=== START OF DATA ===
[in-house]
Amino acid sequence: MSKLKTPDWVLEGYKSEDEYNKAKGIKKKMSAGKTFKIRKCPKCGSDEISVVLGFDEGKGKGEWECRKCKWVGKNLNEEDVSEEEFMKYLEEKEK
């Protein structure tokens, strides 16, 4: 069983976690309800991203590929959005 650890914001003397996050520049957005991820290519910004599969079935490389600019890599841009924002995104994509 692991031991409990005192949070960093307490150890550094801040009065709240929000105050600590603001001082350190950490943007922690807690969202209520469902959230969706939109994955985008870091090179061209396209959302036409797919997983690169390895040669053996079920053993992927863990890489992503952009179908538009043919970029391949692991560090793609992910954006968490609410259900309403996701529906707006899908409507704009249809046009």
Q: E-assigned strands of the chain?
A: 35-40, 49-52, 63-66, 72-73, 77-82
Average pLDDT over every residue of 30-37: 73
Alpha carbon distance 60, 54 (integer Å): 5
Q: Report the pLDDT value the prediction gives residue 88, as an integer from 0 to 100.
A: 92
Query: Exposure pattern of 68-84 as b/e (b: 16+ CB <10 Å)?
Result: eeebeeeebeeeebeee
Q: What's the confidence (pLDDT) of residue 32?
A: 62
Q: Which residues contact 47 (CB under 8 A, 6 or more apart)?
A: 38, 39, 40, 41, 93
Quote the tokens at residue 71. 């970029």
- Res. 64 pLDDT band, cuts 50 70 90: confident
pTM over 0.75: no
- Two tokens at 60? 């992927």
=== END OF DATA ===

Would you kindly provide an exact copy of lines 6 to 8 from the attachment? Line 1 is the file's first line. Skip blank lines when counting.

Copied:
Average pLDDT over every residue of 30-37: 73
Alpha carbon distance 60, 54 (integer Å): 5
Q: Report the pLDDT value the prediction gives residue 88, as an integer from 0 to 100.